Earlier today, an article in The Telegraph on Prince William’s upcoming trip to the region (Prince William’s Middle East tour to include trips to family grave, Kate Middleton’s former home, and meetings with Netanyahu and Abbas, June 11) included this gratuitous and misleading quote from Amnesty International.

Leaving aside the question of why precisely an article by the newspaper’s Royal correspondent felt the need to contextualise the piece by throwing in such anti-Israel agitprop, it’s clear that the “exclusive settler roads” claim violates the accuracy clause of the Editors’ Code.

As we’ve demonstrated previously, there are not currently, nor have there ever been, “Jewish-only” or “settler-only” roads anywhere in Israel or the West Bank.  There are a small number of roads in the West Bank which are restricted to Palestinian traffic, but Israeli citizens of any religious background, and all foreign nationals, can use them.  So, it’s not accurate to claim that there are any such roads “which are for the exclusive use” of settlers.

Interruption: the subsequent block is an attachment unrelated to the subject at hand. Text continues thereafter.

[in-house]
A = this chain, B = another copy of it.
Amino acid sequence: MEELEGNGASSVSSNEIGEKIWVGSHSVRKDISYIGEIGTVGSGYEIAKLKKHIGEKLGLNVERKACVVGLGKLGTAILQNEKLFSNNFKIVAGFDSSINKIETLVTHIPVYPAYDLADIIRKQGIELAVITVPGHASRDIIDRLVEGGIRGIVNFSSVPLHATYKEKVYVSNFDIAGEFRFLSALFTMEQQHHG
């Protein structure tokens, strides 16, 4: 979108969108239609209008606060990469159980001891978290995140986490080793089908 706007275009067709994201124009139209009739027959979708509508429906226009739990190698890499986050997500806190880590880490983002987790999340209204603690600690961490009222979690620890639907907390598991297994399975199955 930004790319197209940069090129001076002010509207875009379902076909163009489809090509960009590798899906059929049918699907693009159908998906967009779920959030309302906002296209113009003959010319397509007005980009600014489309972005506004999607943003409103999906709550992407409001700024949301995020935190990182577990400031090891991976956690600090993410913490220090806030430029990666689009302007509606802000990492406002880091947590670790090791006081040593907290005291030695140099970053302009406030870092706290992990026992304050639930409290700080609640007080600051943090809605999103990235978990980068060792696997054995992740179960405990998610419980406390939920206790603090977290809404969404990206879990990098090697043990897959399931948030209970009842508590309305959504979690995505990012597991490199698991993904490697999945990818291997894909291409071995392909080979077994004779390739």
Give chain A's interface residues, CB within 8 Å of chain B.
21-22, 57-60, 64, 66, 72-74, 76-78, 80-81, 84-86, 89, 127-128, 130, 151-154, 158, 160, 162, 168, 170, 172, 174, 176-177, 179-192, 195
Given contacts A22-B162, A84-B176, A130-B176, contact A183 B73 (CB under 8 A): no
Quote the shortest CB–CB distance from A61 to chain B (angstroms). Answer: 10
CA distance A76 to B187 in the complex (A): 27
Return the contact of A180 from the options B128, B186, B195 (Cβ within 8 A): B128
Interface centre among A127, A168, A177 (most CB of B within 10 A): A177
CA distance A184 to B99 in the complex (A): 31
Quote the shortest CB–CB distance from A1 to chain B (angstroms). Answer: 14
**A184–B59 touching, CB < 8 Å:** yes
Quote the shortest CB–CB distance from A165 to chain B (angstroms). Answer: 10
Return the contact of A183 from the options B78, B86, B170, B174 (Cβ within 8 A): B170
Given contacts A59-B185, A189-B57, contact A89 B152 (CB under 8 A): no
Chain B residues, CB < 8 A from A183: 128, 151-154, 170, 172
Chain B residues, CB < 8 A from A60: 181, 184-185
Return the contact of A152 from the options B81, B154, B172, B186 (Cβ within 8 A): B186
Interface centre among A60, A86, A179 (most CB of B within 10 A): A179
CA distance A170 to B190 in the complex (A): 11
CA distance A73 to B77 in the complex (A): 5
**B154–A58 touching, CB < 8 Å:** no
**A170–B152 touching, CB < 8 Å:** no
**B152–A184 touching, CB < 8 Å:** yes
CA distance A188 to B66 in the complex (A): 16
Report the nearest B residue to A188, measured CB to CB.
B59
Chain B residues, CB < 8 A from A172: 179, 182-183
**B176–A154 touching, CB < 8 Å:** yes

We tweeted the journalist, who, to her credit, asked us to email her and present our information. After a series of emails, she conferred with editors and agreed to amend the sentence to remove the part of the quote which falsely claimed the existence of roads ‘exclusively for settlers’. 

Though the quote is still highly problematic, we’re glad that we were again successful in convincing editors that such claims about ‘racist roads’, which of course serve to amplify dishonest ‘Apartheid Israel’ smears, are completely counter-factual. 

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